Surfing under surveillance


Democratic governments are just as likely to restrict civil liberties as despotic systems are, if not safeguarded by citizen vigilance and protection. The gatekeepers of our transitional republic seem to have got it into their heads that the internet is too free and must be regulated.

The pattern is impossible not to notice. It started with the infamous ban on ‘pornographic and objectionable sites’ last September. Then some Internet Service Providers (ISPs) who said they couldn’t monitor subscribers were jailed. Now, the government is monitoring browsing details of high bandwidth subscribers. Ostensibly, it is to control illegal call bypassers, but it may not be long before the government starts getting too intrusive, riding on these same provisions to monitor more personal information including the private emails you sent out this morning.

The Nepal Telecommunication Authority (NTA) has directed ISPs (Internet Service Providers) to provide information of all subscribers who use a bandwidth of 1Mbps or more. The Nepal Police work closely with NTA technicians now in a joint taskforce to scan web details of users to identify VOIP racketeers.

ISPs gave in reluctantly and are providing the police with MRTG data of subscribers for network traffic monitoring. The government accused some ISPs themselves of illegal VOIP, making the controls necessary.

That’s all fine. The problem is that this seriously infringes on the right to privacy of subscribers. Why should private internet users be subjected to profiling to nab a few bypassers? Is the police intelligence capacity so poor that it doesn’t know the scamsters in this town? Rather than going after the bypassers, why not legalize VOIP instead so that consumers can make cheaper calls? 1 Mbps is not a big pipe, and innocent users can be easily harassed (or extorted) by an opaque government machinery.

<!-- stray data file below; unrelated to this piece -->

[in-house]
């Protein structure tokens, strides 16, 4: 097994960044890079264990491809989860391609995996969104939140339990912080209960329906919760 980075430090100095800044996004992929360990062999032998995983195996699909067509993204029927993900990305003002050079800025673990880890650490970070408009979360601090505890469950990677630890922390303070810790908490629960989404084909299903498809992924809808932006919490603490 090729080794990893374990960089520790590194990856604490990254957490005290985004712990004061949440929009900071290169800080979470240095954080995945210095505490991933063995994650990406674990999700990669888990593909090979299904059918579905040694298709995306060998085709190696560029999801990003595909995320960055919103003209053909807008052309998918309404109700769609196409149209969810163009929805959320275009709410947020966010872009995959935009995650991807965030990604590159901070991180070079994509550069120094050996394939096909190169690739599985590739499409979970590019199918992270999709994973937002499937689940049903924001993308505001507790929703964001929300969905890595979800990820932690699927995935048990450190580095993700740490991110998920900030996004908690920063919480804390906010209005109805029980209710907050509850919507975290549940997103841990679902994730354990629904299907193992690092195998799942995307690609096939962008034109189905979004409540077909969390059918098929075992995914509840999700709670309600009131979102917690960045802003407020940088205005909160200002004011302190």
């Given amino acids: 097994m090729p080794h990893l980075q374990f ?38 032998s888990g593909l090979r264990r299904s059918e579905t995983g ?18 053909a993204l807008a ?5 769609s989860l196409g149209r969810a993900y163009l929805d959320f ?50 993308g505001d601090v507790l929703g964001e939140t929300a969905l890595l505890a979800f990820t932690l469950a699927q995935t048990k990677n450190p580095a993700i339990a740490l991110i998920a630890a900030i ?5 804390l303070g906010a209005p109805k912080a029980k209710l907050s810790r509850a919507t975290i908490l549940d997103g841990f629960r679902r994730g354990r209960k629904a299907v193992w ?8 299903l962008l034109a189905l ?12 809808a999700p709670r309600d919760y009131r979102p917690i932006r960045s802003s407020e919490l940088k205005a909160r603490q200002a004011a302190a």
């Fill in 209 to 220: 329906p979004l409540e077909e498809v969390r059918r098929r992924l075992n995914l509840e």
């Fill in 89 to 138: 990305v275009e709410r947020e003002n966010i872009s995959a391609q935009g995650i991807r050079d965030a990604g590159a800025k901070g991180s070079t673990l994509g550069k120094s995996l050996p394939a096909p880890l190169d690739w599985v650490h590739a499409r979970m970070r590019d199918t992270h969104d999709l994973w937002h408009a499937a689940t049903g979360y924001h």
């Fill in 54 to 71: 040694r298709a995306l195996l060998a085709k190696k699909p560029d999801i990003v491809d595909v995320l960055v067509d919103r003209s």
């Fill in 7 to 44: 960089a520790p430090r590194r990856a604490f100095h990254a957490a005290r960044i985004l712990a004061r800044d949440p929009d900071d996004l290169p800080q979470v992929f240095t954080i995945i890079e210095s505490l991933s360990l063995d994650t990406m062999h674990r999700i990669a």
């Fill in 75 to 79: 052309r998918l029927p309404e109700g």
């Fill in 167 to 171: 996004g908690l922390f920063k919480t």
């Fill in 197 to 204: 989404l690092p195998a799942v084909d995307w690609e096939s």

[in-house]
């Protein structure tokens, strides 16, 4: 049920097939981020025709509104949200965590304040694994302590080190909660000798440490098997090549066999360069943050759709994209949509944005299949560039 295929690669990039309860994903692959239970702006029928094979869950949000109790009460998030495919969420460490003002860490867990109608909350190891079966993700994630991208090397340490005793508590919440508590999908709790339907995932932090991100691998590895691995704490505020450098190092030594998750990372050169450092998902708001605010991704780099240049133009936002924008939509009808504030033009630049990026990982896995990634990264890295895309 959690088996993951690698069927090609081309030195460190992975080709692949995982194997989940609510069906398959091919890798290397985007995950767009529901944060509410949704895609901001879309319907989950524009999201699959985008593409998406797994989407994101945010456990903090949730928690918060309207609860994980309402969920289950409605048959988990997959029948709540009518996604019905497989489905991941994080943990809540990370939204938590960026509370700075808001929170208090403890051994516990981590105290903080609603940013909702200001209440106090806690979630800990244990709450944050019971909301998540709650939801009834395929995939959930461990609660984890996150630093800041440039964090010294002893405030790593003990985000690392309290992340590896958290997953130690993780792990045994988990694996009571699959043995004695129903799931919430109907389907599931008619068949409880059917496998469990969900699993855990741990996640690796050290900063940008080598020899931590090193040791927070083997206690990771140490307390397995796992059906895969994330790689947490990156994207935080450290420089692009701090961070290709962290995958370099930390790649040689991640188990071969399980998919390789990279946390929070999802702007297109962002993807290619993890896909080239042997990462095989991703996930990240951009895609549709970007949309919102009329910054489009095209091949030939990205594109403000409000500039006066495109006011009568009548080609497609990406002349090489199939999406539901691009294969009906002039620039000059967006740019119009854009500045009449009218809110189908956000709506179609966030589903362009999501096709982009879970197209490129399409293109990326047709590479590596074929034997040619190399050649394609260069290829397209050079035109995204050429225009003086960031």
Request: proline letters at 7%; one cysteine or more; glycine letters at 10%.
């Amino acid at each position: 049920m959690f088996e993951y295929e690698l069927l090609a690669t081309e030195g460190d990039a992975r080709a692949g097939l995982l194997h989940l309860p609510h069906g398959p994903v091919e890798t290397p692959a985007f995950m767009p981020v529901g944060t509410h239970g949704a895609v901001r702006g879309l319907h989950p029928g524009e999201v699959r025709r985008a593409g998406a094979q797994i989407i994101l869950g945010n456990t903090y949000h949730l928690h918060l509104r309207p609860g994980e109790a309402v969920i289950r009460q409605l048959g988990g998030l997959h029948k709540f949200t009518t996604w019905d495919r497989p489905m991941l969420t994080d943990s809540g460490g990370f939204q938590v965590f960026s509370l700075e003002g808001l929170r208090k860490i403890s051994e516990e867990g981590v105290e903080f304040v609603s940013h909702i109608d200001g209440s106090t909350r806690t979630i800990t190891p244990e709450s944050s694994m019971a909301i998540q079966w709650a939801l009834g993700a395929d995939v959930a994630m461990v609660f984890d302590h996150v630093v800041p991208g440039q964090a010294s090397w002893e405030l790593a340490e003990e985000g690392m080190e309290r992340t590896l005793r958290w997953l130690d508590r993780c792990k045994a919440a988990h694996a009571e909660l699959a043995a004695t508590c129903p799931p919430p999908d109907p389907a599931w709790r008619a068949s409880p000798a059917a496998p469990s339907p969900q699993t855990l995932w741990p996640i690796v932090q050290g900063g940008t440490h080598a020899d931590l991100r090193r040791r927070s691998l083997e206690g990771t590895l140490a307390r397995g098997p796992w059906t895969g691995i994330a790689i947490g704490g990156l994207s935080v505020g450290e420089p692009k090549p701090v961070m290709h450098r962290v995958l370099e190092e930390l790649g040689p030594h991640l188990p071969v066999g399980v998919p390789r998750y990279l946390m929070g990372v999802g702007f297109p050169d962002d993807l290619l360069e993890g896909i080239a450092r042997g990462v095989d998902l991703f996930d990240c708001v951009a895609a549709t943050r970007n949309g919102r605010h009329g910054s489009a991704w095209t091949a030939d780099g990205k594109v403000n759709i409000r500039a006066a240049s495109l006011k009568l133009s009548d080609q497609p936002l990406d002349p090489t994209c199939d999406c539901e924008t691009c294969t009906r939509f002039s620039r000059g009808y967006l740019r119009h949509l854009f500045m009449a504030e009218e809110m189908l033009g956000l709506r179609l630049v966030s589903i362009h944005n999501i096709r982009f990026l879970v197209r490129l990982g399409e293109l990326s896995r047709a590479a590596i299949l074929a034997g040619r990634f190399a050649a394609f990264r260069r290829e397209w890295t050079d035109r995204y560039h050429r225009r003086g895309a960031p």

MRTG data only allows monitoring the browsing patterns of users, but could be a stepping stone for the government to introduce censorship and intrude on private correspondence in the future.

The government’s argument is that it wants the information to fight crime, terrorism and porn. But the way in which internet users and their activities are being tracked (the most recent is the requirement of ID cards to use cyber cafes) the government’s motives are suspect.

Last year, the NTA made it mandatory for ISPs to install filtering software to block websites that are ‘obscene, seductive and corrupt social morals’. Any content threatening ‘religious harmony, national security, and goes against values and beliefs of the state’ were deemed objectionable enough to be blocked.

The kind explanation is that the government only wants to protect us from objectionable content and maintain law and order. But the fact that popular sites like and even scientific journals like were on the list of blocked URLs raises alarm bells because of the state’s sheer incompetence and ham-handedness.

The government chose not to use legal methods to enforce this ban, unmindful that it was a violation to constitutionally guaranteed right to privacy and free expression. “It is simply not acceptable for the government to bypass legal channels and introduce such regulations by orders. Laws restricting the freedom of expression can be passed by parliament alone,” says human rights lawyer, Santosh Sigdel.

One of the safeguards against privacy infringements can be data protection laws. These are necessary because the government is looking at the use of smart cards with full information on individuals. The government may well demand ISPs produce any user data it wants, but there should be laws to ensure that the data are not misused to target individuals.

That the government managed to enforce such controversial decisions without much opposition tells a lot about the lack of public awareness about privacy issues. All unchallenged governments, democratic or despotic, exhibit the same oppressive tendencies. The question is what are we as citizens going to do about it?

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